Correction: A previous version of this story incorrectly said Meridian at Nichols Plaza’s rezoning petition had received preliminary approval from the town’s planning board as of July 3. The planning board discussed the petition at its July 11 meeting.
The high-rise buildings depicted in Apex’s recently adopted logo were meant to represent the town’s aspirations.
But a proposal for a four-story, 300-unit apartment complex on 15 acres behind the town’s new Costco could make them reality sooner rather than later.
Northview Partners said it plans to build two residential buildings of four stories each and several other two-story buildings that will combine parking bays with apartments on the second floor. The Raleigh-based developer has built similar projects with similar names around the Triangle, including Meridian at Harrison Pointe, Meridian at Wakefield and Meridian at Sutton Square.
The rezoning petition, to be considered at the Town Council’s July 19 meeting, would change the land’s residential-agricultural zoning designation to allow for high-density residential development, which is consistent with the town’s long-term land-use plan for the area.
The developers also wrote in their proposal that they hope the apartments’ location, in close proximity to retail outlets and parks, will “attract young professionals (millennials) to the town of Apex, which will in turn attract businesses to the town of Apex that are seeking quality employees.”
Drew Havens, Apex’s town manager, said town staff has recommended the petition’s approval.
“The people who want to live in apartments also like to be able to walk to services if they can,” Havens said. “And it’s within easy walking distance of restaurants, grocery stores, service offices.”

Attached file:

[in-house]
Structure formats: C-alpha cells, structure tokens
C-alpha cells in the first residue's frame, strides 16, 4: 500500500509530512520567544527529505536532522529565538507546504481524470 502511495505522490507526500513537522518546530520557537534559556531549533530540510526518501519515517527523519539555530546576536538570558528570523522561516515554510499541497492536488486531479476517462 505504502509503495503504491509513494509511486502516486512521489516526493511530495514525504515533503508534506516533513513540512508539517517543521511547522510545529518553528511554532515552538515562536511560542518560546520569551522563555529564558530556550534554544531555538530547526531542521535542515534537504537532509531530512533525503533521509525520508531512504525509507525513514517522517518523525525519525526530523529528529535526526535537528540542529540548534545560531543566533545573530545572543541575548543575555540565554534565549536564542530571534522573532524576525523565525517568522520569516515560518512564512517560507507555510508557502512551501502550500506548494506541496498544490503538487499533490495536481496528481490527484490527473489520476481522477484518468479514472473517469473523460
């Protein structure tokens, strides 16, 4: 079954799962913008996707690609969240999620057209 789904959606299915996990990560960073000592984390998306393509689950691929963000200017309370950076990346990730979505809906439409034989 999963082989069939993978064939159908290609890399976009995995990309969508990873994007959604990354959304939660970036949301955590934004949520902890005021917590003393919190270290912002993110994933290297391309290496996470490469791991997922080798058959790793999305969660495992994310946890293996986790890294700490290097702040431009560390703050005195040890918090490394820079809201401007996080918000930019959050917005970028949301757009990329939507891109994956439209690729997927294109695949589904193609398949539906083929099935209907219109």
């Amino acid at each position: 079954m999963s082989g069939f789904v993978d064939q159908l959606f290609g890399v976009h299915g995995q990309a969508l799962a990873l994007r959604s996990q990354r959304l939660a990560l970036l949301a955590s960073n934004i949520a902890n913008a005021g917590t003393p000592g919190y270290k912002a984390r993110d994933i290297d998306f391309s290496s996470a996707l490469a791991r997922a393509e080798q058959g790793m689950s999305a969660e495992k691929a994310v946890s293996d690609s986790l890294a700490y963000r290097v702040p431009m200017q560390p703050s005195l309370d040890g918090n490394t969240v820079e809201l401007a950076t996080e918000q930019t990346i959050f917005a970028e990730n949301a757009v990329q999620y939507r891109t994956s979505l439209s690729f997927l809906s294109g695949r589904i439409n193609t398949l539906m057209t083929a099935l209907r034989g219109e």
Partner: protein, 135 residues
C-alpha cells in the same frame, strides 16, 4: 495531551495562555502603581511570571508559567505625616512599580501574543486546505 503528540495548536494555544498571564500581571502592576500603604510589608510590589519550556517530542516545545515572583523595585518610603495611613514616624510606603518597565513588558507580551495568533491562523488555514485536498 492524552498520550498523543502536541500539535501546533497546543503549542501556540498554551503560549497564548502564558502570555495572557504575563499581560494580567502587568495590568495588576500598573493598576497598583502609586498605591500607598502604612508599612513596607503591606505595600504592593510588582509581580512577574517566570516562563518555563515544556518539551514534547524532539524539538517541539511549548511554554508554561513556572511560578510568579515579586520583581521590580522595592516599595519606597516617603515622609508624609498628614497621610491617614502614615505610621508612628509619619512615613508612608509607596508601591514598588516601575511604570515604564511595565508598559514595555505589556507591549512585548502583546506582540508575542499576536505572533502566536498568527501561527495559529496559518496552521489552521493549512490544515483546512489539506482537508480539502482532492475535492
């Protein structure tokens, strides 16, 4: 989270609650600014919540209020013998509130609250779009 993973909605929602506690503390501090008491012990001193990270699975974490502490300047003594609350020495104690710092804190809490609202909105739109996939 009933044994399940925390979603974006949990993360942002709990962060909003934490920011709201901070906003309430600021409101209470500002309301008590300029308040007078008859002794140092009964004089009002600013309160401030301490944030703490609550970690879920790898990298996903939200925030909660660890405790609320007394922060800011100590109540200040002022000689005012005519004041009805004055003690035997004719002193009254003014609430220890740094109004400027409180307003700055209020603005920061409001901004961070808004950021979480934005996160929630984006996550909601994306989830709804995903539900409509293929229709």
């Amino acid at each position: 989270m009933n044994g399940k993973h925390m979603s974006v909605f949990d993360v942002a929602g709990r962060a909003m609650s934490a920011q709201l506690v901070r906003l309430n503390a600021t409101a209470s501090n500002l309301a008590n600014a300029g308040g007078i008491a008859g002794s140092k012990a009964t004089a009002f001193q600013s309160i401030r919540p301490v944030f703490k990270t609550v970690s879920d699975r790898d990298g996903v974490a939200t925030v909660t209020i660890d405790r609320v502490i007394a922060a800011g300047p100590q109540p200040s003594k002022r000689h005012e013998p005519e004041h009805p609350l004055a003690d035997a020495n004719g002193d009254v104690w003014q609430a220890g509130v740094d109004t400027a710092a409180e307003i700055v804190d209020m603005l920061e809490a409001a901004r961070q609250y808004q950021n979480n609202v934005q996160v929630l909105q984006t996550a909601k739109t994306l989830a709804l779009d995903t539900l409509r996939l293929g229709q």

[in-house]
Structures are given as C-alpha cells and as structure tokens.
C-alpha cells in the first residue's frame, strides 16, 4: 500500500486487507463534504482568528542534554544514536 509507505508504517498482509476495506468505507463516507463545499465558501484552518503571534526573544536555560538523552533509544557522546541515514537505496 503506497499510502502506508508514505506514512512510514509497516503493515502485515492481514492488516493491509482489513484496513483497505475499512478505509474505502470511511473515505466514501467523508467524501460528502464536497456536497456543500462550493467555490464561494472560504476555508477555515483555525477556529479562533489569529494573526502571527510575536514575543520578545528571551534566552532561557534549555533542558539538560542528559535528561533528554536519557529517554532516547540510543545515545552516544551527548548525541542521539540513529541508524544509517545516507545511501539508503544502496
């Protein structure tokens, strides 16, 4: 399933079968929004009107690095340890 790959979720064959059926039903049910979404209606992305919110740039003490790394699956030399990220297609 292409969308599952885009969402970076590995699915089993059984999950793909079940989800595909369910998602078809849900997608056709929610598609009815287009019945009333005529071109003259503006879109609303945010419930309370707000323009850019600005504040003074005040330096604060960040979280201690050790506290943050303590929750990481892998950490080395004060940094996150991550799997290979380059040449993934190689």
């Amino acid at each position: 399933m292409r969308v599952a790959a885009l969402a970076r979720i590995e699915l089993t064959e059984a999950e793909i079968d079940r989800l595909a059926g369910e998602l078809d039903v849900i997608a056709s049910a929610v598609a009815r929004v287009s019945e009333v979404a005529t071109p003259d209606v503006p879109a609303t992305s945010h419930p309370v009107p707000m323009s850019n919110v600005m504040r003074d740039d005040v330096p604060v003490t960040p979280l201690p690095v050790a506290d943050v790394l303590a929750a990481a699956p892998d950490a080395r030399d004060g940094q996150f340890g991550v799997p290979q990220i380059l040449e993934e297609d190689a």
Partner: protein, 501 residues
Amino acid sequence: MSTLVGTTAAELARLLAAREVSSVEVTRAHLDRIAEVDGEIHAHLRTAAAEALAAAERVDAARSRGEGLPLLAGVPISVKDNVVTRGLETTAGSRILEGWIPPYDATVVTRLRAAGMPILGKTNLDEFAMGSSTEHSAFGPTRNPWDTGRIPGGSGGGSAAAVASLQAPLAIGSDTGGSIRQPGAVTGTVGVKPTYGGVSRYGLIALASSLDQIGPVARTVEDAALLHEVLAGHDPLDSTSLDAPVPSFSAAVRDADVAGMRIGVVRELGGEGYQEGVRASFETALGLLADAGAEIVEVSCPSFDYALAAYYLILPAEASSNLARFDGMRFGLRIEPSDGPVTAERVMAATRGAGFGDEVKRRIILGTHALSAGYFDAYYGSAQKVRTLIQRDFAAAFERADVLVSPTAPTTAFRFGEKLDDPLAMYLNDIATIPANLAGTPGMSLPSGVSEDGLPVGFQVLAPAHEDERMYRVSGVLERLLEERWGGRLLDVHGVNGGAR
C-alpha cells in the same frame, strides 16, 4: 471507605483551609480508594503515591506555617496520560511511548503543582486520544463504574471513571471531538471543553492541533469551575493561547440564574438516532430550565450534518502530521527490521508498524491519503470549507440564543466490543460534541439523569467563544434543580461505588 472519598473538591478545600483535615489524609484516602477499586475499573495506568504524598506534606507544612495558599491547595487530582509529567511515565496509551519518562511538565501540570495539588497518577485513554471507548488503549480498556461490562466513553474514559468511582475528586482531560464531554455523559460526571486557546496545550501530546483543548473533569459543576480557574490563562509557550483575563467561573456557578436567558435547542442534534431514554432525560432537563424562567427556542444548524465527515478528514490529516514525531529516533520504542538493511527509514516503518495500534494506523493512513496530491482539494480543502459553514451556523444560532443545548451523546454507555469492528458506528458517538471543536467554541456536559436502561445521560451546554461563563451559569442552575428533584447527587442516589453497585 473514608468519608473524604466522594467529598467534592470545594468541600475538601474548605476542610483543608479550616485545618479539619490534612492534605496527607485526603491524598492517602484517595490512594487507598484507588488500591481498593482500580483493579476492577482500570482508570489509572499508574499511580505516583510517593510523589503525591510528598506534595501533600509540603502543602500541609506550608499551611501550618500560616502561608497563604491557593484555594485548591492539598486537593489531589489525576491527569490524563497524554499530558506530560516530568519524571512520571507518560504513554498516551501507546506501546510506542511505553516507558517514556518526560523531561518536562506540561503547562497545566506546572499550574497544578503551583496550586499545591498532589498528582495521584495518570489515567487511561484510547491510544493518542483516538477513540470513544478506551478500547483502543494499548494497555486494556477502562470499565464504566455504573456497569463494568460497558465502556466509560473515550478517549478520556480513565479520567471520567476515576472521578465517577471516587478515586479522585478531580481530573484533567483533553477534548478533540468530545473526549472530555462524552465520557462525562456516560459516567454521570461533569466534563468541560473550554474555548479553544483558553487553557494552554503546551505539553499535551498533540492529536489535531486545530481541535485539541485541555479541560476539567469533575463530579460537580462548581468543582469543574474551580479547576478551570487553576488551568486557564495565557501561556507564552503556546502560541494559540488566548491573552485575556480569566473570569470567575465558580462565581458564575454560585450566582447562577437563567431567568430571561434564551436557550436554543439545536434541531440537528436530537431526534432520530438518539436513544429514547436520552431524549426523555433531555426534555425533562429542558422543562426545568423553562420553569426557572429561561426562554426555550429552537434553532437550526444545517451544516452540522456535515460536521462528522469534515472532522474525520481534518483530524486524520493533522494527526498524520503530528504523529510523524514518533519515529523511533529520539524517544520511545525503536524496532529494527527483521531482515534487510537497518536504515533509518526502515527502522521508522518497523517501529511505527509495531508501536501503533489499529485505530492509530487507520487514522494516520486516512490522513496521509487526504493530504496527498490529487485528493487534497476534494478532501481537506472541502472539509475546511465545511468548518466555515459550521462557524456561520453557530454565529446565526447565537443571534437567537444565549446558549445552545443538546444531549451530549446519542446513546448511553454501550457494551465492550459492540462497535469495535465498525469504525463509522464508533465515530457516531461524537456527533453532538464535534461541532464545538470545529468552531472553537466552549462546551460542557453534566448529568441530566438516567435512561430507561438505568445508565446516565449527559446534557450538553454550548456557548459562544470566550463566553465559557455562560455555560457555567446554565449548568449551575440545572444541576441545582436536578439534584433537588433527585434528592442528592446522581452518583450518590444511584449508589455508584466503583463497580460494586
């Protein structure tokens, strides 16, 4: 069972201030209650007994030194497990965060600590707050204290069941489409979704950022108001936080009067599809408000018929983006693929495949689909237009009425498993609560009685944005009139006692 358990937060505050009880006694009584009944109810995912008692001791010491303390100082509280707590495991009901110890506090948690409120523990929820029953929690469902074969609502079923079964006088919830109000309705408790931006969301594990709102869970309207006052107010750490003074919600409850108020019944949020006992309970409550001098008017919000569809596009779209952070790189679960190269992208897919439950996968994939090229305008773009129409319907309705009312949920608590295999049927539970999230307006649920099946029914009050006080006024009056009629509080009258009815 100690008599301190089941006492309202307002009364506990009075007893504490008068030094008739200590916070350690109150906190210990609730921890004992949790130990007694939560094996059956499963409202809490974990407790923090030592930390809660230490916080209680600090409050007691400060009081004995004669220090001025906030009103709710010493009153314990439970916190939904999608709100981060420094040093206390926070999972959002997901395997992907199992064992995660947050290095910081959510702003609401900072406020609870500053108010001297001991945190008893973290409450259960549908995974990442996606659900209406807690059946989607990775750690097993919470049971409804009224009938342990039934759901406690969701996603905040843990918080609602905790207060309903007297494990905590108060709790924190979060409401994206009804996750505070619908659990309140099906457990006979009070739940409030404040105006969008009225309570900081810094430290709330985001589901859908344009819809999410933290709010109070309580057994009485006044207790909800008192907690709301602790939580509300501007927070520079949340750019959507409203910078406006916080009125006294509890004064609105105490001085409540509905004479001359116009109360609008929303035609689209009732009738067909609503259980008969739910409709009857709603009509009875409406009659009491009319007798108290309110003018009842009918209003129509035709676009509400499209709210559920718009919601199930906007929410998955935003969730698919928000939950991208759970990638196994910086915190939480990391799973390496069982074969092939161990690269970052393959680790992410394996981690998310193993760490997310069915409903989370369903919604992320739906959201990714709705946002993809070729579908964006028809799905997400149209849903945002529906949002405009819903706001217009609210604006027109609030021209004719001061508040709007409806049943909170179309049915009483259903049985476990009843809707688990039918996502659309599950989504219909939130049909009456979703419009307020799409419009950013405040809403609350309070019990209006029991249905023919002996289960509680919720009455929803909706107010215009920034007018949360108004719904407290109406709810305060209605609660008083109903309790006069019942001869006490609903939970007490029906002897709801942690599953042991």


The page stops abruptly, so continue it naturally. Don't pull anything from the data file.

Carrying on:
But Lisa Valdmets, an Apex resident, has started a petition asking the town not to approve the development, saying Northview Partners’ proposed complex, tentatively named Meridian at Nichols Plaza, threatens nearby ecology, including Apex Lake and Apex Community Park. Valdmets said she has a background in ecology and forest biology.
“It’s directly uphill from the park,” Valdmets said. “A lot of people will stop at the lake after work and enjoy it before they head home.”
Jason Barron, a lawyer representing Northview Partners, said his client is committed to abiding by the environmental regulations that are relevant to the site’s development.
Valdments said she wishes notification signs about the possible rezoning had been placed more visibly for lake visitors.
Some of those who signed the petition, which was posted on Change.org, left comments saying they fear increased housing density and worsening traffic in the area threatens Apex’s small-town character. They said the roads around the intersection of Laura Duncan Road and U.S. 64 have been inundated with more cars since Costco’s March opening.
More than 660 people had signed the petition by Thursday, June 30, the day Valdmets said she met with representatives from Northview Partners, who asked her to take the petition down. The meeting was set at the developers’ request, Valdmets said.
Barron confirmed this in an email.
“Ms. Valdmets now appears to be placing her frustrations with Costco on our proposal,” Barron wrote. “During our conversation with her it became evident that Ms. Valdmets, who is a frequent user of Apex Community Park, would prefer that no development occur on the property.”
Mayor Lance Olive praised the proposal as “the highest and best use for this land from a development standpoint.” He said he had seen no more reason to be concerned about the project’s environmental impact than any other, especially since apartment buildings produce less runoff per resident than detached houses. He said the relative flatness of the land, in this case, would allow any runoff to flow more slowly and sink into the ground more thoroughly.
Olive also addressed more general worries about Apex’s rapid growth.
“The fact is that demand for apartments is strong, and there’s been a lot of talk recently about affordable living for public servants in particular,” he said. “I can appreciate the concerns, but it’s not dealing with the reality that the area is growing. We don’t want to slam the door and say, ‘No newcomers, please.’ ”
Gargan: 919-460-2604; @hgargan